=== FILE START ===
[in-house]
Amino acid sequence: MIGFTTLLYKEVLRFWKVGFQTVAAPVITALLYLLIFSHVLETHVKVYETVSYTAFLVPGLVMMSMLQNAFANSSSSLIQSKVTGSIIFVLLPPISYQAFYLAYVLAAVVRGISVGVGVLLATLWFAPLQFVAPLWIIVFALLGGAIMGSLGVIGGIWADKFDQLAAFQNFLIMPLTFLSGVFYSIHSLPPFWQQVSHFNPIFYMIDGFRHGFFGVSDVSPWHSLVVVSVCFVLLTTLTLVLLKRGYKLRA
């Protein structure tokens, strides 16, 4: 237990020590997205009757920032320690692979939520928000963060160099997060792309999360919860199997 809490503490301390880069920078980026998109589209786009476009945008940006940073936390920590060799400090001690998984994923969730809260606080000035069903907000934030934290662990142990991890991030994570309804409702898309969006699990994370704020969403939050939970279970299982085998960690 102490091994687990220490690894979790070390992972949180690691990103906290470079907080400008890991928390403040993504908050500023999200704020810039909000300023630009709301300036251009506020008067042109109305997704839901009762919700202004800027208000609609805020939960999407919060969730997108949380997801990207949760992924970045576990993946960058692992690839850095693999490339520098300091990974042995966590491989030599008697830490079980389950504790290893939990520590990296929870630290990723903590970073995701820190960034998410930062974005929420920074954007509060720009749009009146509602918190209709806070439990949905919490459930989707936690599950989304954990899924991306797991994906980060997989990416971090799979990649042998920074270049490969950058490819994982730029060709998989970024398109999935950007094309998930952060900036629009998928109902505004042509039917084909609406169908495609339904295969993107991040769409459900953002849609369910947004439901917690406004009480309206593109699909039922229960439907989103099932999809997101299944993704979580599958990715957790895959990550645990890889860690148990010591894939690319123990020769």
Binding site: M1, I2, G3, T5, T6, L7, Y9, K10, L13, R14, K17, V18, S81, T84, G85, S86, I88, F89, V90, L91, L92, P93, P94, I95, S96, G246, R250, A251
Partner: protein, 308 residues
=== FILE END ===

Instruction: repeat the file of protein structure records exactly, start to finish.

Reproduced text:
[in-house]
Amino acid sequence: MIGFTTLLYKEVLRFWKVGFQTVAAPVITALLYLLIFSHVLETHVKVYETVSYTAFLVPGLVMMSMLQNAFANSSSSLIQSKVTGSIIFVLLPPISYQAFYLAYVLAAVVRGISVGVGVLLATLWFAPLQFVAPLWIIVFALLGGAIMGSLGVIGGIWADKFDQLAAFQNFLIMPLTFLSGVFYSIHSLPPFWQQVSHFNPIFYMIDGFRHGFFGVSDVSPWHSLVVVSVCFVLLTTLTLVLLKRGYKLRA
């Protein structure tokens, strides 16, 4: 237990020590997205009757920032320690692979939520928000963060160099997060792309999360919860199997 809490503490301390880069920078980026998109589209786009476009945008940006940073936390920590060799400090001690998984994923969730809260606080000035069903907000934030934290662990142990991890991030994570309804409702898309969006699990994370704020969403939050939970279970299982085998960690 102490091994687990220490690894979790070390992972949180690691990103906290470079907080400008890991928390403040993504908050500023999200704020810039909000300023630009709301300036251009506020008067042109109305997704839901009762919700202004800027208000609609805020939960999407919060969730997108949380997801990207949760992924970045576990993946960058692992690839850095693999490339520098300091990974042995966590491989030599008697830490079980389950504790290893939990520590990296929870630290990723903590970073995701820190960034998410930062974005929420920074954007509060720009749009009146509602918190209709806070439990949905919490459930989707936690599950989304954990899924991306797991994906980060997989990416971090799979990649042998920074270049490969950058490819994982730029060709998989970024398109999935950007094309998930952060900036629009998928109902505004042509039917084909609406169908495609339904295969993107991040769409459900953002849609369910947004439901917690406004009480309206593109699909039922229960439907989103099932999809997101299944993704979580599958990715957790895959990550645990890889860690148990010591894939690319123990020769």
Binding site: M1, I2, G3, T5, T6, L7, Y9, K10, L13, R14, K17, V18, S81, T84, G85, S86, I88, F89, V90, L91, L92, P93, P94, I95, S96, G246, R250, A251
Partner: protein, 308 residues